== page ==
Canada’s Best Small Towns – Rankin Inlet Nunavut, Ft Smith NWT & Yukon’s Dawson City

[excerpt from The Great Canadian Bucket List]

Nunavut – RANKIN INLET Credit: Rankin Inlet

With fewer than 2500 people, the hamlet of Rankin Inlet is the second most populous community in Nunavut. Although Iqaluit defeated Rankin to become Nunavut’s capital, Rankin Inlet is well known for its artist community, particularly in ceramics, print, carvings, casting and painting. Rankin serves as the business and transportation hub of the Kivalliq region, and offers services absent from many northern communities. These include cell phone service, cable, satellite, recreational facilities (golf, volleyball, indoor arenas and outdoor fields). The surrounding landscape is largely untouched, with the Iqalugaarjuup Nunanga Territorial Historic Park a popular spot for hiking, fishing and bird watching. The community comes together for craft shows, square dances, Pakalluk Time (a town festival) and Christmas activities.

Northwest Territories: FORT SMITH 

Fort Smith

Fort Smith a multicultural community surrounded by boreal forest, with a population of 2500.   The town sits at the gateway of Wood Buffalo National Park, the largest national park in Canada, and one for the Bucket List.  Townsfolk enjoy summer activities amongst pristine beauty, including kayaking, hiking, biking and golfing.  For rafters, the Slave River presents some of the most challenging rapids on the continent.  Sitting on the banks of the Slave River, community spirit is stoked with the South Slave Friendship Festival in August and the Wood Buffalo Winter Frolic in March, attracting artists and musicians from around the territory.  Visitors are also drawn to the Forth Smith’s Northern Life Museum and Cultural Centre.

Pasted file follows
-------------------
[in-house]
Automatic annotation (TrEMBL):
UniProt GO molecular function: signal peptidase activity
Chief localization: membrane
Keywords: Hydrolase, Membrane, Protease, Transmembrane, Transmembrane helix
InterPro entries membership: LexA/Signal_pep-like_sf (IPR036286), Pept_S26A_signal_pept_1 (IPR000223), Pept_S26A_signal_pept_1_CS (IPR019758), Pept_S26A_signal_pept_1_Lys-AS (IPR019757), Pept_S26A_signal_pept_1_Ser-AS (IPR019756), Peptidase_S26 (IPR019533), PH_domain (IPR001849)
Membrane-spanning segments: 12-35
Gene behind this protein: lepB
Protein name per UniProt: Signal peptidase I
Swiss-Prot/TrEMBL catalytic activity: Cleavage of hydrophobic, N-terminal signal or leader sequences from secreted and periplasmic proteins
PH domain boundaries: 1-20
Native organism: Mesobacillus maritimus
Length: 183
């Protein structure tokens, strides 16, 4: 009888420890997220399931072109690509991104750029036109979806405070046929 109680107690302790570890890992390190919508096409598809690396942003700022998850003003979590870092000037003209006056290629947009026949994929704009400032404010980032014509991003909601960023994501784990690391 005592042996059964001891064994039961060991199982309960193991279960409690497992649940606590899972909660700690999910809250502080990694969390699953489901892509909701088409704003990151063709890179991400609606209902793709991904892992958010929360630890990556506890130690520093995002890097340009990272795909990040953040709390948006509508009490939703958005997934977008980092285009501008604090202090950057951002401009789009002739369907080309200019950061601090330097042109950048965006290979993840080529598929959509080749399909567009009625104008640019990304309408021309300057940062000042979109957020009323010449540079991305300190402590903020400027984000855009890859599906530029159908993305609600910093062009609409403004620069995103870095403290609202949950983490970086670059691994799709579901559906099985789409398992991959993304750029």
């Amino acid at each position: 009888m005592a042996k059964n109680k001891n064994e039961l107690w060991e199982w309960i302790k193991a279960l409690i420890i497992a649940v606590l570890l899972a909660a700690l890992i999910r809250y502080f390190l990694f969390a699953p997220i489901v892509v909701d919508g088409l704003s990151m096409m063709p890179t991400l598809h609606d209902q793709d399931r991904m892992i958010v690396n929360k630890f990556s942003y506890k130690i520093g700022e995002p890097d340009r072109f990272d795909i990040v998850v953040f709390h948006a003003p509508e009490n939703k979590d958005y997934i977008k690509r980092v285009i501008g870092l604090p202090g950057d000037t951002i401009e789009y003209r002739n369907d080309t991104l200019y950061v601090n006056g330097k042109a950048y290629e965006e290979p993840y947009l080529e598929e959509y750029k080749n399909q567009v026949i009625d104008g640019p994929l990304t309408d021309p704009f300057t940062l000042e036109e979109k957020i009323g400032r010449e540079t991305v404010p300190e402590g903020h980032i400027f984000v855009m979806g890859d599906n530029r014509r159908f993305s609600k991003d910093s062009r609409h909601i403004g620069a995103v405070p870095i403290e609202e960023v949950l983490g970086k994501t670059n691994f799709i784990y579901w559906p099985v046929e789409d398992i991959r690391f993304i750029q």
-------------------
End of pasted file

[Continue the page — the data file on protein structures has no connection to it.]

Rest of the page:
Dawson City

Dawson City was once the largest city west of Winnipeg and north of San Francisco, known as the Paris of the North.   The 1898 Klondike Gold Rush brought tens of thousands of prospectors to this small town, most of which returned penniless, their fate immortalized in the legendary poems of Robert Service.  Today, with a population of around 1300, the well-preserved town is home to several national historical sites, and draws thousands of tourists visiting Yukon or Alaska. Visitors can still pan for gold, or visit heritage homes and museums.  Dawson City’s Downtown Hotel is also home to the Sour Toe Cocktail, the most infamous drink of the North (and on The Great Canadian Bucket List)


via Canada’s Best Small Towns – The Great Canadian Bucket List.


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